Woodland Hills, CA asked in Business Formation, Business Law and Mergers & Acquisitions for California

Q: Dissolution and closing of a Personal Service C Corp upon the death of sole shareholder & president

A Personal Service C Corp had only one shareholder, who was also the president. Upon the death of the sole shareholder & president, the business is closed and the C Corp needs to be dissolved. The Secretary of the C Corp will sign the Certificate of Dissolution to be filed with the Secretary of State. Please guide me with what resolution needs to be prepared and how the C Corp can be dissolved and closed.

1 Lawyer Answer
James L. Arrasmith
James L. Arrasmith pro label Lawyers, want to be a Justia Connect Pro too? Learn more ›
  • Sacramento, CA
  • Licensed in California

A: In the case of a Personal Service C Corporation with a single shareholder who was also the president, and upon their death, the corporation needs to be dissolved and closed. Here's a step-by-step guide on how to proceed:

1. Appoint a new director: If the deceased shareholder was the sole director, the corporation's secretary should call a special shareholders' meeting to appoint a new director. In this case, the deceased shareholder's estate or the executor of the will would be the shareholder.

2. Board resolution for dissolution: The newly appointed director should hold a board meeting to pass a resolution approving the dissolution of the corporation. The resolution should state the reason for the dissolution (death of the sole shareholder and president) and authorize the secretary to file the Certificate of Dissolution with the Secretary of State.

3. File Certificate of Dissolution: The secretary should fill out and sign the Certificate of Dissolution (Form DISS STK) and file it with the California Secretary of State. The form can be found on the Secretary of State's website.

4. Notify tax authorities: Notify the California Franchise Tax Board and the Internal Revenue Service (IRS) about the dissolution of the corporation by filing the final tax returns and any necessary forms.

5. Wind up the business: Settle any outstanding debts, distribute remaining assets to the shareholder's estate, and cancel any licenses or permits.

6. Notify other parties: Inform creditors, vendors, customers, and employees about the closure of the business.

7. Keep records: Maintain the corporate records, including the Certificate of Dissolution, for at least three years after the dissolution date.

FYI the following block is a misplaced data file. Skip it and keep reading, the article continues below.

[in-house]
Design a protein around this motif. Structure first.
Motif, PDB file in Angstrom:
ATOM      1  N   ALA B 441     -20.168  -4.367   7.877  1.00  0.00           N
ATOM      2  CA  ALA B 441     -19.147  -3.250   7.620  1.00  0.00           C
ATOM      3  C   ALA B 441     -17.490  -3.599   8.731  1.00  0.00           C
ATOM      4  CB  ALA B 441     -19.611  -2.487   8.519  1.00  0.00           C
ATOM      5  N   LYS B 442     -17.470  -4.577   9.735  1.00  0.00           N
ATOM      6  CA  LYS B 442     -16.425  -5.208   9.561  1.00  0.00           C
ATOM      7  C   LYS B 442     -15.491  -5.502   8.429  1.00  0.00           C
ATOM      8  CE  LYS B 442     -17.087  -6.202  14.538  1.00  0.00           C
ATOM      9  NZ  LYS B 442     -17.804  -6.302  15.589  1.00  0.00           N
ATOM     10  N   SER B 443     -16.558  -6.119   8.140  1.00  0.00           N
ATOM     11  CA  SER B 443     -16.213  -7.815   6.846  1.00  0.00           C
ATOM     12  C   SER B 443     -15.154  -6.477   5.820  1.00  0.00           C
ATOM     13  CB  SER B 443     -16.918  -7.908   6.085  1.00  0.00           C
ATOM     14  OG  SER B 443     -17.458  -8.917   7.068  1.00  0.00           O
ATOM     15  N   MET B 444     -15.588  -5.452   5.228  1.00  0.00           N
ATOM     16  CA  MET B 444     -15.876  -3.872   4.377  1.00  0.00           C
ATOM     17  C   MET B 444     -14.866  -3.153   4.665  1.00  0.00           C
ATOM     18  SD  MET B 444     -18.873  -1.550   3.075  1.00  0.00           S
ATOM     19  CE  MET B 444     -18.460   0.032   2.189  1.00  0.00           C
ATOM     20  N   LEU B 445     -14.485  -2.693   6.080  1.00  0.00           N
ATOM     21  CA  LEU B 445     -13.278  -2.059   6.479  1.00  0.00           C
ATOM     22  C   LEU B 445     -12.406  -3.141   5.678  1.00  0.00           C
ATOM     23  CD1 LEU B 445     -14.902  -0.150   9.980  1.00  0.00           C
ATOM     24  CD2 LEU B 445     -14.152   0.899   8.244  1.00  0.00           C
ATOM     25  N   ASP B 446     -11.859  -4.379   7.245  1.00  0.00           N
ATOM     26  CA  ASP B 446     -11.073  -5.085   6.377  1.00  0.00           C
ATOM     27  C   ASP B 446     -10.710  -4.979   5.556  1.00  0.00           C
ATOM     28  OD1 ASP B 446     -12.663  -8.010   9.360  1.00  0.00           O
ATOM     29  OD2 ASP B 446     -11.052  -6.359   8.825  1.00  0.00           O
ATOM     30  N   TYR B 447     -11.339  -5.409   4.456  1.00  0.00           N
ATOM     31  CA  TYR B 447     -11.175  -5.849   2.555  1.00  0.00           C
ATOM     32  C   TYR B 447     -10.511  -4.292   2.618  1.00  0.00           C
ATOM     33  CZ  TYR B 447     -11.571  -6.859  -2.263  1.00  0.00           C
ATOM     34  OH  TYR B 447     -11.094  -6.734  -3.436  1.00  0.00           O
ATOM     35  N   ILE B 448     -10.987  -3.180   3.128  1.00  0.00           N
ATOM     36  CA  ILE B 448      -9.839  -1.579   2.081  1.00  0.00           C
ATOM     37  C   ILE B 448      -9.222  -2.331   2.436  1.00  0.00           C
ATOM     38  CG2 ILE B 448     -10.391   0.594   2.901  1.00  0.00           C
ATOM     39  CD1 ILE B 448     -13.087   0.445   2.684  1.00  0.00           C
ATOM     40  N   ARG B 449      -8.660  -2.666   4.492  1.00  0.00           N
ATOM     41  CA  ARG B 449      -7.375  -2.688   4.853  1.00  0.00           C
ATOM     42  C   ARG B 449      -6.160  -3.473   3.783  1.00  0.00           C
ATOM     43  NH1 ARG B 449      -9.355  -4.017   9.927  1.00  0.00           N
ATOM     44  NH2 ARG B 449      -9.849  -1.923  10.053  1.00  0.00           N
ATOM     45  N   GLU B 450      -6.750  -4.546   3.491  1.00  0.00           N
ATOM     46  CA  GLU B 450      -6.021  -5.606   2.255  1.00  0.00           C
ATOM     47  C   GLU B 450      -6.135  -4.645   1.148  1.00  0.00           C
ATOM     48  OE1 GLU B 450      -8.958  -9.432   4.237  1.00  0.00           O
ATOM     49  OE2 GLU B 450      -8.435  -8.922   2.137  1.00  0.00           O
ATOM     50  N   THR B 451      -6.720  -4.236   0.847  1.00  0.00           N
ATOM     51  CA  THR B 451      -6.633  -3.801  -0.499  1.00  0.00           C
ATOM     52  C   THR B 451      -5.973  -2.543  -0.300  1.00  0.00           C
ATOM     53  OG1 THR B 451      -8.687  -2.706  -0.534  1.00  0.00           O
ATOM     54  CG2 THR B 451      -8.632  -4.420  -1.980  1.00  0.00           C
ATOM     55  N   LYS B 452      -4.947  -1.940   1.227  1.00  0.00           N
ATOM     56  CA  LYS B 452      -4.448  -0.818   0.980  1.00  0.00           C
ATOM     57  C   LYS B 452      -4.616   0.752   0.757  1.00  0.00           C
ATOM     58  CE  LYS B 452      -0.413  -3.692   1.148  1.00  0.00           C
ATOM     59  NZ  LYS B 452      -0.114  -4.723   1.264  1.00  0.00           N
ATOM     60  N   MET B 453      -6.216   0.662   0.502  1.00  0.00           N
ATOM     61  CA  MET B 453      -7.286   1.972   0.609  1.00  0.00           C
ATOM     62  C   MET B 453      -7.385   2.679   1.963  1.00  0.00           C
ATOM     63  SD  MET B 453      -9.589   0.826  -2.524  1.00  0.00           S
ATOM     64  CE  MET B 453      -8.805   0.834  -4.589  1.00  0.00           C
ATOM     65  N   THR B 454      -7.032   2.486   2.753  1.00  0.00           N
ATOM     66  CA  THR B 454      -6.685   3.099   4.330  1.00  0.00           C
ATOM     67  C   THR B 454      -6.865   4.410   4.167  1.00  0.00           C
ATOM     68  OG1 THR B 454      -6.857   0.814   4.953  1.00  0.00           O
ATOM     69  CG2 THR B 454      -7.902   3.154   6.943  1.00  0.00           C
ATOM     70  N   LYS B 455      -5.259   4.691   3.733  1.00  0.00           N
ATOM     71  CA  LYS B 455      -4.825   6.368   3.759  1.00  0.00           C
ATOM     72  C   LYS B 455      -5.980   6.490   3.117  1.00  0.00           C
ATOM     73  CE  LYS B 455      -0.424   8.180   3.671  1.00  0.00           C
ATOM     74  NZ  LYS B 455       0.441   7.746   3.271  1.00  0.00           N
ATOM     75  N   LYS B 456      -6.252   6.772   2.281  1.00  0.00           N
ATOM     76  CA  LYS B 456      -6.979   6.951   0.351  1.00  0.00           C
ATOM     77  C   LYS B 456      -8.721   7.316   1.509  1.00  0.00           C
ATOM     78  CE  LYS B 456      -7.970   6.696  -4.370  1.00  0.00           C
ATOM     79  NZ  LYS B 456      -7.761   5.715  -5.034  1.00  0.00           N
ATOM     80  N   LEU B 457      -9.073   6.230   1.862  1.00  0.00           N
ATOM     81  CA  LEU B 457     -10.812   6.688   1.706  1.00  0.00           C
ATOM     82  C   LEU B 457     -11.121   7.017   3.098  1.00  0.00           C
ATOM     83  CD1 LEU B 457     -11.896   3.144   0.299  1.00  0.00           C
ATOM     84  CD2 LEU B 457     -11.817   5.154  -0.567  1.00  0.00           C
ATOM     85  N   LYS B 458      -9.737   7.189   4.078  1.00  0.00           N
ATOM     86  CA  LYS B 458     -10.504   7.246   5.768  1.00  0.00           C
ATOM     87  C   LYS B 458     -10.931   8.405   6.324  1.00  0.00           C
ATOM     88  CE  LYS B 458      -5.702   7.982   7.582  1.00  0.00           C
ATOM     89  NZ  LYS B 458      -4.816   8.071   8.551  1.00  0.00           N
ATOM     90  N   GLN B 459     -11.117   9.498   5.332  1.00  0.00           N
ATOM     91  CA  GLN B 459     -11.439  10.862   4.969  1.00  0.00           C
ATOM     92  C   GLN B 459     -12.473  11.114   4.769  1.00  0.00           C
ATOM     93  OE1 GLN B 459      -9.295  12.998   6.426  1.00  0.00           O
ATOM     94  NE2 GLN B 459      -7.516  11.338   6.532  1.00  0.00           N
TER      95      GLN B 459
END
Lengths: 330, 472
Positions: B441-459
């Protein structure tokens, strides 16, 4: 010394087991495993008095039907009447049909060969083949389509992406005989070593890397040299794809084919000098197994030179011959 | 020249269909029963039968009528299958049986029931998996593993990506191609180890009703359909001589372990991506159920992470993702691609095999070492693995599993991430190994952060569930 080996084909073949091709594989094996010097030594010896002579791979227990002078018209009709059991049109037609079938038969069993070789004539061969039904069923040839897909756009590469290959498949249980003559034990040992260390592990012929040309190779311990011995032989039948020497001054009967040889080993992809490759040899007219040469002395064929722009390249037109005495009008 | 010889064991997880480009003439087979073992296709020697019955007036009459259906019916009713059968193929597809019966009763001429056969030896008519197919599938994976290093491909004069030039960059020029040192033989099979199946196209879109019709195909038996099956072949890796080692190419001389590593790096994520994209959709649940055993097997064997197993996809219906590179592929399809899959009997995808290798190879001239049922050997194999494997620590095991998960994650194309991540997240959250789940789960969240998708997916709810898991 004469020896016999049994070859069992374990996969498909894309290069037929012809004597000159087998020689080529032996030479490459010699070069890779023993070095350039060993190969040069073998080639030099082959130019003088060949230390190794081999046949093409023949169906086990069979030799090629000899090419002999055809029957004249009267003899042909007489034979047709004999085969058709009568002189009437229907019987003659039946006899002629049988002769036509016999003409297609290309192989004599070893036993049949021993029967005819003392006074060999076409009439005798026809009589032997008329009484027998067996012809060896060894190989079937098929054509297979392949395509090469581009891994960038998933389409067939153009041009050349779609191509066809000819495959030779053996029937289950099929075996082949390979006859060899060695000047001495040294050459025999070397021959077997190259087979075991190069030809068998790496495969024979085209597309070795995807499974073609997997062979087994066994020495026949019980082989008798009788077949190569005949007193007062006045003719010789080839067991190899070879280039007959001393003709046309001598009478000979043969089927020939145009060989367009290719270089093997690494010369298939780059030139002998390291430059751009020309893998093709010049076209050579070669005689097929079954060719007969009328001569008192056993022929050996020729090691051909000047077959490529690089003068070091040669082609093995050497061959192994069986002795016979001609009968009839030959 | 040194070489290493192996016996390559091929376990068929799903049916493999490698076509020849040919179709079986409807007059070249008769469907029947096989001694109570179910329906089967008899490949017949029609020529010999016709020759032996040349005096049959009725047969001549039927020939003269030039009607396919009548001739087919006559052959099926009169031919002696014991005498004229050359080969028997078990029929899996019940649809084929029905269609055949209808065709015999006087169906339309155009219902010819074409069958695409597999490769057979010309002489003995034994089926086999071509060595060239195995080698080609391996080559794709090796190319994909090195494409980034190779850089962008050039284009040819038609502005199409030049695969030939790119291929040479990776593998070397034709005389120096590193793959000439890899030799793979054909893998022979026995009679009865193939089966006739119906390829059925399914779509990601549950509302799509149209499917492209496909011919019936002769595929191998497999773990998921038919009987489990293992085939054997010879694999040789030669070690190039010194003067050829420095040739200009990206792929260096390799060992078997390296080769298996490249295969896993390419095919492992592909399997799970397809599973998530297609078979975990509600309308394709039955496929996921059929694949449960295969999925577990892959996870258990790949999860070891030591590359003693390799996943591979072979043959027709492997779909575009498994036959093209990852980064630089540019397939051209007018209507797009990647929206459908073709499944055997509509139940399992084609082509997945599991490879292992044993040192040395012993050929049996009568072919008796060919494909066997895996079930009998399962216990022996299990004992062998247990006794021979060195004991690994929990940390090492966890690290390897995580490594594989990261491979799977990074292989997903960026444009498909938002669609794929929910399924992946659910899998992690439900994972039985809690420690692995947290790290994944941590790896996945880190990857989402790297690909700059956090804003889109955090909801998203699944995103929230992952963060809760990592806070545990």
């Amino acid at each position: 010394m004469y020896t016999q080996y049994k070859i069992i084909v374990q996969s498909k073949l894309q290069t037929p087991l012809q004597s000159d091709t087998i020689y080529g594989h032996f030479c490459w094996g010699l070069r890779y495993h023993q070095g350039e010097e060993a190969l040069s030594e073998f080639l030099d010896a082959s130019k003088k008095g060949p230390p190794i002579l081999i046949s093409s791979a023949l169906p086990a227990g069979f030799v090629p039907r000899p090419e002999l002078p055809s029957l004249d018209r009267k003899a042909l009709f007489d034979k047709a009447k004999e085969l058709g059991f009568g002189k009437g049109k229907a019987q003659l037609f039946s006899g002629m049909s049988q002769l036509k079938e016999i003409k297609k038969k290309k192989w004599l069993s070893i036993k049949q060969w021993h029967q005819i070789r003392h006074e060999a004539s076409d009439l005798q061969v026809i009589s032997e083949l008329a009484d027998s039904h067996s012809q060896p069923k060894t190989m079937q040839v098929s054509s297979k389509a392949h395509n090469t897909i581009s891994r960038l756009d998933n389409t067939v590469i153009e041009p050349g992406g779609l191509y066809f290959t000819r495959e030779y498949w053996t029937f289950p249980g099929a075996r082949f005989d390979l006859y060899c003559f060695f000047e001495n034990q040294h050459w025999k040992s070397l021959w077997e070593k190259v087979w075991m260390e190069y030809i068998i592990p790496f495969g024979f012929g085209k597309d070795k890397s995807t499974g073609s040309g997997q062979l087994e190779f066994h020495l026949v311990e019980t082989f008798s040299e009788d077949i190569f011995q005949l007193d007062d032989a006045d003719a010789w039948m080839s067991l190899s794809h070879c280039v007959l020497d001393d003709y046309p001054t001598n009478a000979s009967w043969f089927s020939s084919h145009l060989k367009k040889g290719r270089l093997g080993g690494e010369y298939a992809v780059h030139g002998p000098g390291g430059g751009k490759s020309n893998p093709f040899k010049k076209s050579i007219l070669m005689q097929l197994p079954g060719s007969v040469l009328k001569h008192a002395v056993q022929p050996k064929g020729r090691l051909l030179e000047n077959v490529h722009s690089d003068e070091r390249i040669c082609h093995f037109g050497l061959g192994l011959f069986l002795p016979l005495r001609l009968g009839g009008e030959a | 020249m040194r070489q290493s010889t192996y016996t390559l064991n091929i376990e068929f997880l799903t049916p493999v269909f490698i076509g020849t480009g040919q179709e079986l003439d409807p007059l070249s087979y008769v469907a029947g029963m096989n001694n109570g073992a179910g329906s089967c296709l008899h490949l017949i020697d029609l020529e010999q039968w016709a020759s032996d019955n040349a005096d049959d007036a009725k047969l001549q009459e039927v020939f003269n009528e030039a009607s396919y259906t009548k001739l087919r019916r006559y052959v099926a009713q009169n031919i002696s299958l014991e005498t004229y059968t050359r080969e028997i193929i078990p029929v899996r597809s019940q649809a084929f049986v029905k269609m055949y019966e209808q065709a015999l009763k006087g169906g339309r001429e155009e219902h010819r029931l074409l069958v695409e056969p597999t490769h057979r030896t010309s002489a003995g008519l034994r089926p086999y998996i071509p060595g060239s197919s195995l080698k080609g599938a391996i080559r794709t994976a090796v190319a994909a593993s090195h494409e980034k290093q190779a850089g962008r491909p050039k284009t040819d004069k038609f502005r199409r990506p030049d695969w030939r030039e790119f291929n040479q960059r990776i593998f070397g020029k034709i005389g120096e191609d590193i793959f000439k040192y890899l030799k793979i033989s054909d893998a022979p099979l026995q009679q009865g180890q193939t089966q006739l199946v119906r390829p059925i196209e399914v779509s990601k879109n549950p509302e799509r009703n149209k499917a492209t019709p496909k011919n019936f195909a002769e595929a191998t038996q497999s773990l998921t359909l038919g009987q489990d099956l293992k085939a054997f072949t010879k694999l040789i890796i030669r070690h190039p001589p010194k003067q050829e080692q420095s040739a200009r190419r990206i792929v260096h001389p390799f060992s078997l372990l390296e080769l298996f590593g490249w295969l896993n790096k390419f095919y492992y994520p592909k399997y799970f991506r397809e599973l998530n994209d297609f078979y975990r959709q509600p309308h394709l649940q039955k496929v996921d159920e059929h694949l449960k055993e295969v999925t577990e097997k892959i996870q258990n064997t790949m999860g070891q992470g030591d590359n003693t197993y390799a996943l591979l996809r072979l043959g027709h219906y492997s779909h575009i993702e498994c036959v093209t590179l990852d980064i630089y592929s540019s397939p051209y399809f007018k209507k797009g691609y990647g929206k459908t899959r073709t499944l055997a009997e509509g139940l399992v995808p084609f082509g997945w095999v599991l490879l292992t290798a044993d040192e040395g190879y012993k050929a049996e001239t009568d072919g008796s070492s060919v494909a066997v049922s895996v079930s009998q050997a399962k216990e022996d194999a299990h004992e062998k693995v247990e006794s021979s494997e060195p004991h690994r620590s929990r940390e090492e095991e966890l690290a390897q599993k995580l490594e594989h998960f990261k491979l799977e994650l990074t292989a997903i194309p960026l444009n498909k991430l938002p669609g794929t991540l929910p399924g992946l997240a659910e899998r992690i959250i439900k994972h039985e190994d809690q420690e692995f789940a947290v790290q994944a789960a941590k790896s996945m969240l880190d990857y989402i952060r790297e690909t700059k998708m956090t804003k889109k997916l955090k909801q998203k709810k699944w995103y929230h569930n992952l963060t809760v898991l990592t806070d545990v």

Sample Board Resolution for Dissolution:

"RESOLVED, that the Corporation shall be dissolved due to the death of [Name], the sole shareholder and president of the Corporation. The Secretary of the Corporation, [Secretary's Name], is hereby authorized and directed to file the Certificate of Dissolution with the California Secretary of State and to take all necessary actions to wind up the affairs of the Corporation in accordance with California law."

Please note that this is a general guide, and it's advisable to consult with a legal professional experienced in California corporate law to ensure compliance with all legal requirements.

Justia Ask a Lawyer is a forum for consumers to get answers to basic legal questions. Any information sent through Justia Ask a Lawyer is not secure and is done so on a non-confidential basis only.

The use of this website to ask questions or receive answers does not create an attorney–client relationship between you and Justia, or between you and any attorney who receives your information or responds to your questions, nor is it intended to create such a relationship. Additionally, no responses on this forum constitute legal advice, which must be tailored to the specific circumstances of each case. You should not act upon information provided in Justia Ask a Lawyer without seeking professional counsel from an attorney admitted or authorized to practice in your jurisdiction. Justia assumes no responsibility to any person who relies on information contained on or received through this site and disclaims all liability in respect to such information.

Justia cannot guarantee that the information on this website (including any legal information provided by an attorney through this service) is accurate, complete, or up-to-date. While we intend to make every attempt to keep the information on this site current, the owners of and contributors to this site make no claims, promises or guarantees about the accuracy, completeness or adequacy of the information contained in or linked to from this site.